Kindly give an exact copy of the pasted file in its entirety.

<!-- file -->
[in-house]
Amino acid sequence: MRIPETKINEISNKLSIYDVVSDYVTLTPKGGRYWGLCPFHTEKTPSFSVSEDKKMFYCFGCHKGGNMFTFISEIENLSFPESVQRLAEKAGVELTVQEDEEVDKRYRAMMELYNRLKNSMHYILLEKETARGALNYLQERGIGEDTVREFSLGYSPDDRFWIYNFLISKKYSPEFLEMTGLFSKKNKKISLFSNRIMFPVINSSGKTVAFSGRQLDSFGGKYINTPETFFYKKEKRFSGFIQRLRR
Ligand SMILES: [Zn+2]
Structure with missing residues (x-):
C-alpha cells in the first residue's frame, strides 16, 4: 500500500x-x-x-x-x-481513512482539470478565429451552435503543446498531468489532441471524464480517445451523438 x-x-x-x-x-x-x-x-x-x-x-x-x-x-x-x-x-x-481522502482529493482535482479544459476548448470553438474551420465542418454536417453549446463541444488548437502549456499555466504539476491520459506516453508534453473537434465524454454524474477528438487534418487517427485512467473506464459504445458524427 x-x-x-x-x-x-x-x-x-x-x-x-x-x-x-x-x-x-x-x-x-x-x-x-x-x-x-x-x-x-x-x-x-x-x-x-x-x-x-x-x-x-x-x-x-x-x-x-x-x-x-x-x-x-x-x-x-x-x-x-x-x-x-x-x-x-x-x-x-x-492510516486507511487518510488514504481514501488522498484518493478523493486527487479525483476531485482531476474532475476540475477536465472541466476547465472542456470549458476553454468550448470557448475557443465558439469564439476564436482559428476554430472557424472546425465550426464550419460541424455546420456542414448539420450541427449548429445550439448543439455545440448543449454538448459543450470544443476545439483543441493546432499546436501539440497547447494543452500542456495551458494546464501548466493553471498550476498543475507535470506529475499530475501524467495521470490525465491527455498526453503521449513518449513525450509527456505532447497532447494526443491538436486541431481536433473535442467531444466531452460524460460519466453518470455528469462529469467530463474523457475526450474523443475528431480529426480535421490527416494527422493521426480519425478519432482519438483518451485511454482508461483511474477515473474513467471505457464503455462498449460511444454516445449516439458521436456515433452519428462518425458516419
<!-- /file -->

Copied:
[in-house]
Amino acid sequence: MRIPETKINEISNKLSIYDVVSDYVTLTPKGGRYWGLCPFHTEKTPSFSVSEDKKMFYCFGCHKGGNMFTFISEIENLSFPESVQRLAEKAGVELTVQEDEEVDKRYRAMMELYNRLKNSMHYILLEKETARGALNYLQERGIGEDTVREFSLGYSPDDRFWIYNFLISKKYSPEFLEMTGLFSKKNKKISLFSNRIMFPVINSSGKTVAFSGRQLDSFGGKYINTPETFFYKKEKRFSGFIQRLRR
Ligand SMILES: [Zn+2]
Structure with missing residues (x-):
C-alpha cells in the first residue's frame, strides 16, 4: 500500500x-x-x-x-x-481513512482539470478565429451552435503543446498531468489532441471524464480517445451523438 x-x-x-x-x-x-x-x-x-x-x-x-x-x-x-x-x-x-481522502482529493482535482479544459476548448470553438474551420465542418454536417453549446463541444488548437502549456499555466504539476491520459506516453508534453473537434465524454454524474477528438487534418487517427485512467473506464459504445458524427 x-x-x-x-x-x-x-x-x-x-x-x-x-x-x-x-x-x-x-x-x-x-x-x-x-x-x-x-x-x-x-x-x-x-x-x-x-x-x-x-x-x-x-x-x-x-x-x-x-x-x-x-x-x-x-x-x-x-x-x-x-x-x-x-x-x-x-x-x-x-492510516486507511487518510488514504481514501488522498484518493478523493486527487479525483476531485482531476474532475476540475477536465472541466476547465472542456470549458476553454468550448470557448475557443465558439469564439476564436482559428476554430472557424472546425465550426464550419460541424455546420456542414448539420450541427449548429445550439448543439455545440448543449454538448459543450470544443476545439483543441493546432499546436501539440497547447494543452500542456495551458494546464501548466493553471498550476498543475507535470506529475499530475501524467495521470490525465491527455498526453503521449513518449513525450509527456505532447497532447494526443491538436486541431481536433473535442467531444466531452460524460460519466453518470455528469462529469467530463474523457475526450474523443475528431480529426480535421490527416494527422493521426480519425478519432482519438483518451485511454482508461483511474477515473474513467471505457464503455462498449460511444454516445449516439458521436456515433452519428462518425458516419